Judge Ketanji Brown Jackson will be sworn in as the first Black woman on the Supreme Court today at noon ET (9 a.m. PT).
Shein April to replace retiring Associate Justice Stephen Breyer, who formally following the release of the Supreme Court's final opinions for this session at 10:30 a.m. ET (7:30 a.m. PT).
Read on to find out how to watch the swearing-in ceremony and learn what Jackson will likely hear as the newest member of the Supreme Court.
Where can I watch Ketanji Brown Jackson be sworn in?
Judge Jackson's swearing-in as the 104th associate justice on the US Supreme Court will be livestreamed on the Supreme Court website beginning approximately at noon ET (9 a.m. PT), following the release of the remaining opinions on the court's current docket, which is slated for 10:30 a.m. ET.
Jackson will take two oaths: the Constitutional Oath, in which she affirms that she's bound to support the Constitution and that "no religious test shall ever be required as a qualification to any office," and the Judicial Oath, in which she vows to administer justice impartially and faithfully, "without respect to persons, and do equal right to the poor and to the rich."
Chief Justice John Roberts will administer the constitutional oath, while outgoing Associate Justice Stephen Breyer will administer the judicial oath. A formal investiture ceremony will take place at a date to be determined later.
What cases could Jackson hear on the Supreme Court?
The start of the new judicial term is traditionally the first Monday in October. This year that falls on Monday, Oct. 3.
To date, the Supreme Court has agreed to review at least 20 cases during its 2022-2023 term, though it has not scheduled any of them for arguments. They include:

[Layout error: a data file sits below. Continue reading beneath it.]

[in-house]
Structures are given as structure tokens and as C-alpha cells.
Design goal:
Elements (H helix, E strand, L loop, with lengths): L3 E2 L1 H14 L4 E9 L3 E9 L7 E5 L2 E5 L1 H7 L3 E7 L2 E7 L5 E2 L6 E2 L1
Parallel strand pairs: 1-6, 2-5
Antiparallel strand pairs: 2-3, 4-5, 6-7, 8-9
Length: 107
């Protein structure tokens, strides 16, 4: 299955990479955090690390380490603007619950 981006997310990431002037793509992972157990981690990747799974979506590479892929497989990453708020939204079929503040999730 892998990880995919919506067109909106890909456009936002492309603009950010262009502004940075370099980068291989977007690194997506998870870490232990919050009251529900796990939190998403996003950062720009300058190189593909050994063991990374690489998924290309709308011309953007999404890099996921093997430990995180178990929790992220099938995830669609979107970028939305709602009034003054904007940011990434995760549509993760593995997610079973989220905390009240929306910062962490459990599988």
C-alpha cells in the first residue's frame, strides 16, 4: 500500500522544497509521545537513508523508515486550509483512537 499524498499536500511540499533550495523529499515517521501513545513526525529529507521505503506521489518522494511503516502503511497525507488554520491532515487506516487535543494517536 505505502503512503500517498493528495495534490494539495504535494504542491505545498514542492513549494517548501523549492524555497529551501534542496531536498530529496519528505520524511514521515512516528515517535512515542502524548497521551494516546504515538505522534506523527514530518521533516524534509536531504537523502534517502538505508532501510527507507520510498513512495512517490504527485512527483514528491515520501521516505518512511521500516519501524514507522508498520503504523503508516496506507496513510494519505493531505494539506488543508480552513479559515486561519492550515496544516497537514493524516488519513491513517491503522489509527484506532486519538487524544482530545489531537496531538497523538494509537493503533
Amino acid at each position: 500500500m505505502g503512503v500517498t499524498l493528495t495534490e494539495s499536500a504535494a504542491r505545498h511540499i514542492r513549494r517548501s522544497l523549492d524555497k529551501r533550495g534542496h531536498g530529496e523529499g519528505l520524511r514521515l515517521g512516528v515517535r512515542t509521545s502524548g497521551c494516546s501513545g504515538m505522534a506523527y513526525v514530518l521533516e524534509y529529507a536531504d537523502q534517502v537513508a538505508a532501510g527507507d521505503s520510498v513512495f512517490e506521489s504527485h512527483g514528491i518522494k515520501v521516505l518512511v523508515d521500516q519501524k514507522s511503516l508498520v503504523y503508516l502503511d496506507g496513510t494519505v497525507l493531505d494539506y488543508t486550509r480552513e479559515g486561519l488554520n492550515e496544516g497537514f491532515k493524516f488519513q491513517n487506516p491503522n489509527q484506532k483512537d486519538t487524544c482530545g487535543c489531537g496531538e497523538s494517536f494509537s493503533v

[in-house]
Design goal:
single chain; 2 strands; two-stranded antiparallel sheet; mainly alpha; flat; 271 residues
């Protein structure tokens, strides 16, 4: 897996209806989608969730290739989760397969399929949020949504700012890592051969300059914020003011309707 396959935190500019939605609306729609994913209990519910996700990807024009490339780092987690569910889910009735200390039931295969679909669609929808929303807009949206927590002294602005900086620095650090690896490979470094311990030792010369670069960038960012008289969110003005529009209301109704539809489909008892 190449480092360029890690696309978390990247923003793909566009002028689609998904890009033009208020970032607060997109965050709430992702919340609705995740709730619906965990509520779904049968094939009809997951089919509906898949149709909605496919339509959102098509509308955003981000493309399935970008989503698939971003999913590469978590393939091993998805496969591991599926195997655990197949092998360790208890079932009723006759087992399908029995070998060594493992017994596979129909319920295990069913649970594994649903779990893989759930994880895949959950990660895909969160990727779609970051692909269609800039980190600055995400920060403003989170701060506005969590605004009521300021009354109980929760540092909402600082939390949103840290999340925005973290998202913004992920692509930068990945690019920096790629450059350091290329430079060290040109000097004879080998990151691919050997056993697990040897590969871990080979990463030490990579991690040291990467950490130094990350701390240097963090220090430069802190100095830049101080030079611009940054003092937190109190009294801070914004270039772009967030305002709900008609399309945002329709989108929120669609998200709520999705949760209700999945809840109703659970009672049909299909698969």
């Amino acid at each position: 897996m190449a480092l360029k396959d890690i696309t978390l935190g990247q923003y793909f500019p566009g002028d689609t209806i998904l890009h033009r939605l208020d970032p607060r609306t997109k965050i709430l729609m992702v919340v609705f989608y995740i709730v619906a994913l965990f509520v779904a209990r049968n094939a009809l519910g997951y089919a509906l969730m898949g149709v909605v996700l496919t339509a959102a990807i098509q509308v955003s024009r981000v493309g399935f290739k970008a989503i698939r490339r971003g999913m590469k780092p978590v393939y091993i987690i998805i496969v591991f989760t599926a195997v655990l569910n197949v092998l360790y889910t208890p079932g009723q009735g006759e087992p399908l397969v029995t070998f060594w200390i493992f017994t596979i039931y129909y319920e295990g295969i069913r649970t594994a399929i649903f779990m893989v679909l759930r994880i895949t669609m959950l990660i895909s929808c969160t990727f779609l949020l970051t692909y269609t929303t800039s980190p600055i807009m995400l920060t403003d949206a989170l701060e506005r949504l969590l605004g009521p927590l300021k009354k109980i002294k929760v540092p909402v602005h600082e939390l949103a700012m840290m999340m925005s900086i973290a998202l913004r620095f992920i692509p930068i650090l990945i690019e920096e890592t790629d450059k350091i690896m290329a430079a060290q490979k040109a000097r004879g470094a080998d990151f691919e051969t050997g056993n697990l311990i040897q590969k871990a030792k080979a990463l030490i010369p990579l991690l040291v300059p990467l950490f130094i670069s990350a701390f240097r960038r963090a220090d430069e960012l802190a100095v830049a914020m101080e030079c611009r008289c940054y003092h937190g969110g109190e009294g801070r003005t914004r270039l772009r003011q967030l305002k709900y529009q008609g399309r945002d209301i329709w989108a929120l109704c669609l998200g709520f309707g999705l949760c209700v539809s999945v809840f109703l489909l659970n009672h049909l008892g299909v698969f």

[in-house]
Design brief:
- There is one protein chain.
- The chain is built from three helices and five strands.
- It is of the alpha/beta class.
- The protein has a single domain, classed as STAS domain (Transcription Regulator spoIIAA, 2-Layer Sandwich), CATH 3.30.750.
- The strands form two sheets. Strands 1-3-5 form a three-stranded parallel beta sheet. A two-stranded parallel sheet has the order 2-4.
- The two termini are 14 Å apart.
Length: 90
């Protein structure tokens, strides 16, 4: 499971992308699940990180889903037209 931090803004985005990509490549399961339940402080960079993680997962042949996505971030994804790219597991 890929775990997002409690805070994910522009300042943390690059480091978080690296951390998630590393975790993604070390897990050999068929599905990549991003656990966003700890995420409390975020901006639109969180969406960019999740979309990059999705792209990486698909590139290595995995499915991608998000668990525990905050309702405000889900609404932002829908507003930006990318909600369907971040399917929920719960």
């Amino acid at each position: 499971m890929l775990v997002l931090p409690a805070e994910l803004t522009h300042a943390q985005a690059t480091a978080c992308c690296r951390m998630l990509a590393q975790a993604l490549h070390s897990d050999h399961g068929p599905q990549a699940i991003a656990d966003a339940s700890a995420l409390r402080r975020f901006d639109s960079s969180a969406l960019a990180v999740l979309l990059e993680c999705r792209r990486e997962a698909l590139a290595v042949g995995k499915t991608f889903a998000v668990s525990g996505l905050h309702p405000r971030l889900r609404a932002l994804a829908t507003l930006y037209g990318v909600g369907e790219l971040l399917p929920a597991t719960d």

- An appeal challenging the constitutionality of the Federal Trade Commission, which is charged with enforcement of antitrust laws and promoting consumer protection.
- Merrill v. Milligan, a that looks at whether Alabama is obligated to create a second Black-majority congressional district under the Voting Rights Act of 1965.
- Andy Warhol Foundation for the Visual Arts v. Goldsmith, which questions whether the late pop artist's use of Lynn Goldsmith's photograph of Prince constitutes fair use or copyright infringement.
- Sackett v. Environmental Protection Agency, which concerns how the EPA interprets the Clean Water Act to determine what land falls within its jurisdiction.
- A legal challenge by Lorie Smith, a Colorado web designer who refuses to make sites for same-sex weddings and claims the state's public-accommodation law violates her freedom of religion and right to free speech.
- National Pork Producers Council v. Ross, which examines whether California excessively burdened interstate commerce with a 2018 voter-backed amendment that meat sold in the state follow new animal-cruelty regulations.
One case Jackson won't hear is a suit challenging affirmative action practices at Harvard University, where she earned both her undergraduate and law degrees and serves on the Board of Overseers. She testified in her hearings that she would recuse herself from the case.
Who is Ketanji Brown Jackson?
Jackson was born in Washington, DC, in 1970 and raised in Miami. Her father, Johnny, was an attorney for the Miami-Dade School Board while her mother, Ellery, was principal at New World School of the Arts in downtown Miami.
Jackson's maternal uncle, Calvin Ross, was Miami's police chief from 1991 to 1994. Her younger brother, Ketajh Brown, served with the Baltimore Police Department from 2001 to 2008.
After receiving both her degrees from Harvard, Jackson worked as a public defender and in private practice. She also served as a US district judge in the District of Columbia and on the US Sentencing Commission.
She wason Feb. 25, after Breyer at the end of the current judicial session.
Announcing her nomination, Biden said she was "one of our nation's brightest legal minds and will be an exceptional justice." He praised her as a "proven consensus builder" with a distinguished resume as both an attorney and a jurist.
At the same briefing, Jackson credited her father with inspiring her passion for the law. "Some of my earliest memories are of him sitting at the kitchen table reading his books," she said. "I watched him study, and he became my first professional role model."
The Senate approved her nomination on April 7 by a 53-47 vote, largely along party lines. The Constitution provides that justices serve during "good behavior," which has generally been interpreted as a lifetime appointment.